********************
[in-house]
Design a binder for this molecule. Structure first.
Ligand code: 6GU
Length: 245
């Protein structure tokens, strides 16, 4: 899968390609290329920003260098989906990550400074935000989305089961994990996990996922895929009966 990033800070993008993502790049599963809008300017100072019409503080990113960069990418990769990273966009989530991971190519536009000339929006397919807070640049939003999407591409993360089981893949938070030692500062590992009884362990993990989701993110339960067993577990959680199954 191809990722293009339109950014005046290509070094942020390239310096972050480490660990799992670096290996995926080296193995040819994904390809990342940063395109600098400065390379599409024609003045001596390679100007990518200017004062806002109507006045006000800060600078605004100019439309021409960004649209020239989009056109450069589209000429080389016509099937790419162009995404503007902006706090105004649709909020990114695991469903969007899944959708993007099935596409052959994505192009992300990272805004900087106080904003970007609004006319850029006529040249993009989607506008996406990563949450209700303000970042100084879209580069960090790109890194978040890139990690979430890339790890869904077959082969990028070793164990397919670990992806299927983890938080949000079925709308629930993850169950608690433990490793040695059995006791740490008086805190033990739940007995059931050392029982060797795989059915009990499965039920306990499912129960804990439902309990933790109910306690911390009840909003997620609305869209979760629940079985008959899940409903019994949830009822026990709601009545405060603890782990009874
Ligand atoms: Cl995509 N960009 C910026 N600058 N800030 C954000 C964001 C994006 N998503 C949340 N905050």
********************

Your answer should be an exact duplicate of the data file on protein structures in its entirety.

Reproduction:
[in-house]
Design a binder for this molecule. Structure first.
Ligand code: 6GU
Length: 245
């Protein structure tokens, strides 16, 4: 899968390609290329920003260098989906990550400074935000989305089961994990996990996922895929009966 990033800070993008993502790049599963809008300017100072019409503080990113960069990418990769990273966009989530991971190519536009000339929006397919807070640049939003999407591409993360089981893949938070030692500062590992009884362990993990989701993110339960067993577990959680199954 191809990722293009339109950014005046290509070094942020390239310096972050480490660990799992670096290996995926080296193995040819994904390809990342940063395109600098400065390379599409024609003045001596390679100007990518200017004062806002109507006045006000800060600078605004100019439309021409960004649209020239989009056109450069589209000429080389016509099937790419162009995404503007902006706090105004649709909020990114695991469903969007899944959708993007099935596409052959994505192009992300990272805004900087106080904003970007609004006319850029006529040249993009989607506008996406990563949450209700303000970042100084879209580069960090790109890194978040890139990690979430890339790890869904077959082969990028070793164990397919670990992806299927983890938080949000079925709308629930993850169950608690433990490793040695059995006791740490008086805190033990739940007995059931050392029982060797795989059915009990499965039920306990499912129960804990439902309990933790109910306690911390009840909003997620609305869209979760629940079985008959899940409903019994949830009822026990709601009545405060603890782990009874
Ligand atoms: Cl995509 N960009 C910026 N600058 N800030 C954000 C964001 C994006 N998503 C949340 N905050």